Security Threat Hunting: Using a Honeypot, SIEM, and Some OSINT

Security Hunting

Recently at InfoSec18, I attended a demonstration of live, real-time, security threat hunting. I’d go into more detail but, for all intents and purposes, I was left feeling empty. The build-up was highly exciting, but the demo was dull, didn’t showcase the product, nor provide an insight into hunting security threats.

So, to pick up my spirits – and in line with some research we’re conducting – I thought I’d create an article about hunting some security threats on the internet. For this I’ve picked a real-life security threat and the data shown is just as I found it (all be it with some redaction).

BTW, the OSINT in my title is: open-source intelligence.

The security environment

Security threat hunting relies on a few services being in place, mainly having a service which can be polled and secondly having log files (ideally centralized).

FirewallTo allow or prevent internet traffic. Also enables logging of traffic.
Published Service (Honeypot)An internet accessible service which will be open for attract network activity e.g. a telnet server, SSH, FTP, SMB or RDP server.
LoggingWe need a mechanism to record connections and system activity.
Centralised Log ServiceWhen hunting across a company network a lot of data is generated. Hunting without a central log source is possible but is time consuming and complicated.

“Log all the things”

The lab already has a Palo Alto firewall on the perimeter, but for the Windows server we needed a centralized log solution. There’s several commercial and free services available, for this project we decided to use Microsoft Operations Management Suite (OMS). We chose this because it’s low cost, centralized and cloud based, is easy to implement, and provides security analytics and alerting capabilities.

The security honeypot

There are several commercial and open source honeypot tools available. These are generally based on Linux distributions and they enable you to offer up services (telnet server, SSH, FTP, SMB, or RDP server) which will emulate services while keeping you safe.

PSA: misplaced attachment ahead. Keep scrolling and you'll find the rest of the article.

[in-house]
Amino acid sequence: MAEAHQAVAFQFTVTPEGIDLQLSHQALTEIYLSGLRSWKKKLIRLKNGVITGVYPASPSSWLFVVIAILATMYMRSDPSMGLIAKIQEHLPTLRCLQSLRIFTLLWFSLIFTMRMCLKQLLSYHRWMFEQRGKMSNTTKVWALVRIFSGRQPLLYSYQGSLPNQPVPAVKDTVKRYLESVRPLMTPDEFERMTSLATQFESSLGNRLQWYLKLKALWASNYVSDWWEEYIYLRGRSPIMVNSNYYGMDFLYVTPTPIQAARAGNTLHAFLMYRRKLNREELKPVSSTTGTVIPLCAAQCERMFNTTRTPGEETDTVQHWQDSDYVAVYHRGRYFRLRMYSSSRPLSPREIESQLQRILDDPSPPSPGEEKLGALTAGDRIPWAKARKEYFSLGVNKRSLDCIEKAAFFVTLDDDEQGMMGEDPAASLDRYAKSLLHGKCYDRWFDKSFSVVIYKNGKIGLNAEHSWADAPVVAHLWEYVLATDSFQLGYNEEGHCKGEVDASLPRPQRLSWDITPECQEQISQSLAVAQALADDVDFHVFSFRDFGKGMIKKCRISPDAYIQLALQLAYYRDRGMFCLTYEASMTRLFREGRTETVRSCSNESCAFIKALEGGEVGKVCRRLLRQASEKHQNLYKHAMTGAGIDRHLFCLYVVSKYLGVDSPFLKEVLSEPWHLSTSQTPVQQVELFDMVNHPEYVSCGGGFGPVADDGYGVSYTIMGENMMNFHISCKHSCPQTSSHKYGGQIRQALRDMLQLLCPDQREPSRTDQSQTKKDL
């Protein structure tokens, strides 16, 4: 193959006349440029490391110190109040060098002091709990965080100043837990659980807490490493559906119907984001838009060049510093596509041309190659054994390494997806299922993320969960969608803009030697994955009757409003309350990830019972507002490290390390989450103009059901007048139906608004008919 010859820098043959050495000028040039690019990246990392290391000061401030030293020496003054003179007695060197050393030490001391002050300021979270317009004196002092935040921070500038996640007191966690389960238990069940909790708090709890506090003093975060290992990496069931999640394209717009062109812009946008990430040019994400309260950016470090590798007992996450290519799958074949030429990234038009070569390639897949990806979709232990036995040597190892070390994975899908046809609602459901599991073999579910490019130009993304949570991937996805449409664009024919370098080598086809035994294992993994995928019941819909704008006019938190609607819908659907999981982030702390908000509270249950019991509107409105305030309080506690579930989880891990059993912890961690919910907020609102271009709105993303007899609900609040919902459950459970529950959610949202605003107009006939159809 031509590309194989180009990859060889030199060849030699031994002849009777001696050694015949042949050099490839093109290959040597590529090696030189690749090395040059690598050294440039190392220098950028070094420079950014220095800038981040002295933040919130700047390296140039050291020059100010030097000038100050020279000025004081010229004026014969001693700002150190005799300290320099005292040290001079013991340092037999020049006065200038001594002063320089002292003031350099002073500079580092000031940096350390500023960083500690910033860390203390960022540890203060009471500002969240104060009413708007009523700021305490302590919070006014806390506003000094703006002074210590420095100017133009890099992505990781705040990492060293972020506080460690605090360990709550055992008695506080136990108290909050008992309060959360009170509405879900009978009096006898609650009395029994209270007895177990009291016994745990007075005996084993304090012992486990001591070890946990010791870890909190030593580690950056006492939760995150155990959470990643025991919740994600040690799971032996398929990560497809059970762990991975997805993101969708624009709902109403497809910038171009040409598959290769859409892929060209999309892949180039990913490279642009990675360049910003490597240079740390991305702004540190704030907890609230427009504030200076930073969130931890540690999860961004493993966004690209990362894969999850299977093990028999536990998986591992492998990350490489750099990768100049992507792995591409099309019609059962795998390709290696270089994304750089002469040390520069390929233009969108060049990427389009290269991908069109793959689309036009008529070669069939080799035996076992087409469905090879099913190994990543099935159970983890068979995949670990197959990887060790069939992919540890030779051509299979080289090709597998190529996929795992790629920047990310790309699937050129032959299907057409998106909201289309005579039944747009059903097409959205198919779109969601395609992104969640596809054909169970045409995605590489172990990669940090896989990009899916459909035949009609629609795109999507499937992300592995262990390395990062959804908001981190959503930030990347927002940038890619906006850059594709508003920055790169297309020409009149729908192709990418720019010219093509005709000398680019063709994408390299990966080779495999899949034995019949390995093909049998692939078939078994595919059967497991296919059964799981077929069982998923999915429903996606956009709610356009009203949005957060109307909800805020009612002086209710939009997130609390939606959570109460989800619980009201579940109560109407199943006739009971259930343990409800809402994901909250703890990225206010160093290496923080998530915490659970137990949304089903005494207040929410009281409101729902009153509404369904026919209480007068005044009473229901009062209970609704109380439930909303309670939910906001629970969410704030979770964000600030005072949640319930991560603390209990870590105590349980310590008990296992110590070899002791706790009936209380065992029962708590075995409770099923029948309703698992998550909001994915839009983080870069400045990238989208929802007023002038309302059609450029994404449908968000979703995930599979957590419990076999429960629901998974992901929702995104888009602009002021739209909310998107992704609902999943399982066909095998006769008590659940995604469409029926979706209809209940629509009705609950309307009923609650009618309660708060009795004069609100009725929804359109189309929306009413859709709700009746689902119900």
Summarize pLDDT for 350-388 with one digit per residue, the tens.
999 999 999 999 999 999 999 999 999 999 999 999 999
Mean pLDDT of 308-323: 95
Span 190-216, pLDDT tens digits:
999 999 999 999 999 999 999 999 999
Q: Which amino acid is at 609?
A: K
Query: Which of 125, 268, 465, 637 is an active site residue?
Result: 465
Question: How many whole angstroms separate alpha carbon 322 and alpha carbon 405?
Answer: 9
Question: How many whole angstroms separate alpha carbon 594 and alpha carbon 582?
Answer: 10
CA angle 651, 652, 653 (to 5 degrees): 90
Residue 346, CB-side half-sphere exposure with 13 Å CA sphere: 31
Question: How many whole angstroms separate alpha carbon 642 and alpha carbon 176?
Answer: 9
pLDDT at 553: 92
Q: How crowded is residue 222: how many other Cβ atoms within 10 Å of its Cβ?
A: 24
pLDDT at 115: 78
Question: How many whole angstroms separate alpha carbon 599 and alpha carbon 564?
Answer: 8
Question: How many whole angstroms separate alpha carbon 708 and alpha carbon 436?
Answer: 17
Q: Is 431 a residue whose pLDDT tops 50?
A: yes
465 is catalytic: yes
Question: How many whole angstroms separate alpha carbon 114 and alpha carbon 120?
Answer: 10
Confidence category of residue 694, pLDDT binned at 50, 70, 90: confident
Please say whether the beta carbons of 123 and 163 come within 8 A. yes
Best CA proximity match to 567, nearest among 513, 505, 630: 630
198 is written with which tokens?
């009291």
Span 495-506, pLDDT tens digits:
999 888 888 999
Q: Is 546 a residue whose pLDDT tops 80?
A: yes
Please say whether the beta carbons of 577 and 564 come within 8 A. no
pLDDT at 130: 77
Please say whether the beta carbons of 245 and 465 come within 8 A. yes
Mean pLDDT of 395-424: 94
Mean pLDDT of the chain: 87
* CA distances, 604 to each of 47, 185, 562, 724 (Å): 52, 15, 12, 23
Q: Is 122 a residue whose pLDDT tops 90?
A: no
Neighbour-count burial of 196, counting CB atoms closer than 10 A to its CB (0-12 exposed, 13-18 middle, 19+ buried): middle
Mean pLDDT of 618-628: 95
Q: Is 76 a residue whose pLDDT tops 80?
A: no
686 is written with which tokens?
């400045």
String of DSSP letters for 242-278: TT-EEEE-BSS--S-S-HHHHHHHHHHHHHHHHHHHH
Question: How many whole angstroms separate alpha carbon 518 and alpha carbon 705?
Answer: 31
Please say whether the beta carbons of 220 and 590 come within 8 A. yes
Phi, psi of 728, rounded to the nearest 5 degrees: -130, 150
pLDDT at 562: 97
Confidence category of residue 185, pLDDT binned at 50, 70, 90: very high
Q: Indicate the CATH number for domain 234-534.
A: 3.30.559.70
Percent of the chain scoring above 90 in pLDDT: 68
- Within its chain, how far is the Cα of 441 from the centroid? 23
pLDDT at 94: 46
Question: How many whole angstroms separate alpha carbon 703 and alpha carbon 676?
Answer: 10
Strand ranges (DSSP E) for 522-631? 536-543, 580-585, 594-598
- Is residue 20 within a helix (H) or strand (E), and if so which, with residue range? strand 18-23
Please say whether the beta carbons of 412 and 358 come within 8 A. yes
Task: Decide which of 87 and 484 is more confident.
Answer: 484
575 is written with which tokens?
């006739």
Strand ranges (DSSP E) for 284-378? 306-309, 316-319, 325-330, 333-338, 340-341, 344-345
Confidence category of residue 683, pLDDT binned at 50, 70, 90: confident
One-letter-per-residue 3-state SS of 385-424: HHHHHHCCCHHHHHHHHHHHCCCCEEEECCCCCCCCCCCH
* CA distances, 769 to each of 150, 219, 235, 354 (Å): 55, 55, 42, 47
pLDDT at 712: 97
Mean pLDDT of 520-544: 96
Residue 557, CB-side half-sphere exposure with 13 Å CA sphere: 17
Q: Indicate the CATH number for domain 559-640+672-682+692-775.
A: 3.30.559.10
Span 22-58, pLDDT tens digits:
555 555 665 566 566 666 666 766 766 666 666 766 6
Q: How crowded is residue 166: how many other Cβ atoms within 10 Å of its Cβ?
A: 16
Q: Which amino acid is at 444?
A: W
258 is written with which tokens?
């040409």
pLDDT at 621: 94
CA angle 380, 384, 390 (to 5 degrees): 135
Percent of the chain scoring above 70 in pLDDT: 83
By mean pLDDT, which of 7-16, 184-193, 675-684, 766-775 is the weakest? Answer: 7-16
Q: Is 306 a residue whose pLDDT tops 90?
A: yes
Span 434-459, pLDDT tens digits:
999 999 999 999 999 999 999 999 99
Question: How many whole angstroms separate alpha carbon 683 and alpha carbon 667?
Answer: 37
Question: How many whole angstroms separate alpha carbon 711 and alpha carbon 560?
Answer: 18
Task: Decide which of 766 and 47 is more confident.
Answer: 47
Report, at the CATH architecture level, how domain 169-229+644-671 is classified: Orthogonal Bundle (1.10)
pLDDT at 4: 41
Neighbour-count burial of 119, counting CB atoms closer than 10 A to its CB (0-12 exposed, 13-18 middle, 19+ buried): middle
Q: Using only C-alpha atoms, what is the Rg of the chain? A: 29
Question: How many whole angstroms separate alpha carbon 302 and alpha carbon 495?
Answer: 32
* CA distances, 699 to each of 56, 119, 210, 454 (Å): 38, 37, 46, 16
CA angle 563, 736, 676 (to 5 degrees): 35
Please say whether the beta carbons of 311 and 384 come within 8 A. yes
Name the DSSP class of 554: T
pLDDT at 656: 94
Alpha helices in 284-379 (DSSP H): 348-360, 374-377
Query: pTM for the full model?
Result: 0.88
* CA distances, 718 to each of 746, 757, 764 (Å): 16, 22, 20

For our honeypot, we used a Windows Server virtual machine (2016), fully patched with remote desktop enabled. We configured RDS to allow insecure connections to bypass network level authentication so that we could publish on the internet. We then set complex passwords, installed SYSMON (with the swift on security config) and installed the OMS agent (as well as configuring OMS to collect all the relevant logs).

Finally, our honeypot was ready. So, we setup a NAT and security rule on the firewall to expose the service, now all we had to do is wait!

Bees in our honeypot

We started to see activity very quickly using a search of OMS using the following query:

search *
| where Type == "SecurityEvent" and EventID == 4625
| search "Microsoft-Windows-Security-Auditing"


This query shows many failed logins (recorded in the Windows security log):

From the OMS console we exported the data into Microsoft Excel:

From here we created a pivot, outlining the number of request against each IP.

Immediately we can see an active source IP, time to go on an open-source security intelligence gathering mission. Here we are going to check several sources:

  • Shodan
  • Alien Vault OTX
  • MXToolBox
  • Virus Total
  • AbuseIPDB

Shodan – shows a UK location


Interestingly, we can see FTP services open-accepting anonymous connections:

Status: Connecting to
Status: Connection established, waiting for welcome message...
Status: Insecure server, it does not support FTP over TLS.
Status: Server does not support non-ASCII characters.